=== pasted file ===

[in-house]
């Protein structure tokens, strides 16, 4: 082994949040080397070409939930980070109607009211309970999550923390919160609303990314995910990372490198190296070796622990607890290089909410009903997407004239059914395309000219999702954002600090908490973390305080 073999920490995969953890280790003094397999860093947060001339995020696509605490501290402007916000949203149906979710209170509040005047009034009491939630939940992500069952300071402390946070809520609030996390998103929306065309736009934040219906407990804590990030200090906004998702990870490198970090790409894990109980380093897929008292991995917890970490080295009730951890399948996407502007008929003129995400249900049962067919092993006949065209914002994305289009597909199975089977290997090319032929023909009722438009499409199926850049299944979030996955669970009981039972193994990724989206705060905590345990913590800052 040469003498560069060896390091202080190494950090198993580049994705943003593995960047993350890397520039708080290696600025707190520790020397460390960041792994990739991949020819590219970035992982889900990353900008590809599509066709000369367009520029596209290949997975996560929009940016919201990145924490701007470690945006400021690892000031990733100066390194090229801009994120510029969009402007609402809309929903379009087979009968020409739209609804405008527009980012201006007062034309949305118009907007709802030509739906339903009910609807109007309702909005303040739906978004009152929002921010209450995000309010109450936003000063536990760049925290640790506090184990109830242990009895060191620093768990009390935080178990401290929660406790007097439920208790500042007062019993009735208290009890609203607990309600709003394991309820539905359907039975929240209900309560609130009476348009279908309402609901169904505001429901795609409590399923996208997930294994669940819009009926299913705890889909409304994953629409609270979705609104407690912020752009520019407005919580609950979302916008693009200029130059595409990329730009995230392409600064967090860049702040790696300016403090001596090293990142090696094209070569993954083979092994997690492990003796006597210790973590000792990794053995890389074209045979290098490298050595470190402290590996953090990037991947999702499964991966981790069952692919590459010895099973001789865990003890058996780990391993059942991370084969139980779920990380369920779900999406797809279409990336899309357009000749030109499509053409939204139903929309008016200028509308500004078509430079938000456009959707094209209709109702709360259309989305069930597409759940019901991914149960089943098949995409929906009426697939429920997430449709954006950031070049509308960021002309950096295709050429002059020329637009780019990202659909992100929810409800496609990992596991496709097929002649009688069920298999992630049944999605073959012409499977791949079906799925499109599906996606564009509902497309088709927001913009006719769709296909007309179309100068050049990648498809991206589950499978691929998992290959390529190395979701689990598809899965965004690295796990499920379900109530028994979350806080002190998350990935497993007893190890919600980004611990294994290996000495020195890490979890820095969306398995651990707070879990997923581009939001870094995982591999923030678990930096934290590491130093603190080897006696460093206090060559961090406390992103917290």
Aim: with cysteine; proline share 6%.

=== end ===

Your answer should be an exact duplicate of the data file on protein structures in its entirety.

[in-house]
């Protein structure tokens, strides 16, 4: 082994949040080397070409939930980070109607009211309970999550923390919160609303990314995910990372490198190296070796622990607890290089909410009903997407004239059914395309000219999702954002600090908490973390305080 073999920490995969953890280790003094397999860093947060001339995020696509605490501290402007916000949203149906979710209170509040005047009034009491939630939940992500069952300071402390946070809520609030996390998103929306065309736009934040219906407990804590990030200090906004998702990870490198970090790409894990109980380093897929008292991995917890970490080295009730951890399948996407502007008929003129995400249900049962067919092993006949065209914002994305289009597909199975089977290997090319032929023909009722438009499409199926850049299944979030996955669970009981039972193994990724989206705060905590345990913590800052 040469003498560069060896390091202080190494950090198993580049994705943003593995960047993350890397520039708080290696600025707190520790020397460390960041792994990739991949020819590219970035992982889900990353900008590809599509066709000369367009520029596209290949997975996560929009940016919201990145924490701007470690945006400021690892000031990733100066390194090229801009994120510029969009402007609402809309929903379009087979009968020409739209609804405008527009980012201006007062034309949305118009907007709802030509739906339903009910609807109007309702909005303040739906978004009152929002921010209450995000309010109450936003000063536990760049925290640790506090184990109830242990009895060191620093768990009390935080178990401290929660406790007097439920208790500042007062019993009735208290009890609203607990309600709003394991309820539905359907039975929240209900309560609130009476348009279908309402609901169904505001429901795609409590399923996208997930294994669940819009009926299913705890889909409304994953629409609270979705609104407690912020752009520019407005919580609950979302916008693009200029130059595409990329730009995230392409600064967090860049702040790696300016403090001596090293990142090696094209070569993954083979092994997690492990003796006597210790973590000792990794053995890389074209045979290098490298050595470190402290590996953090990037991947999702499964991966981790069952692919590459010895099973001789865990003890058996780990391993059942991370084969139980779920990380369920779900999406797809279409990336899309357009000749030109499509053409939204139903929309008016200028509308500004078509430079938000456009959707094209209709109702709360259309989305069930597409759940019901991914149960089943098949995409929906009426697939429920997430449709954006950031070049509308960021002309950096295709050429002059020329637009780019990202659909992100929810409800496609990992596991496709097929002649009688069920298999992630049944999605073959012409499977791949079906799925499109599906996606564009509902497309088709927001913009006719769709296909007309179309100068050049990648498809991206589950499978691929998992290959390529190395979701689990598809899965965004690295796990499920379900109530028994979350806080002190998350990935497993007893190890919600980004611990294994290996000495020195890490979890820095969306398995651990707070879990997923581009939001870094995982591999923030678990930096934290590491130093603190080897006696460093206090060559961090406390992103917290």
Aim: with cysteine; proline share 6%.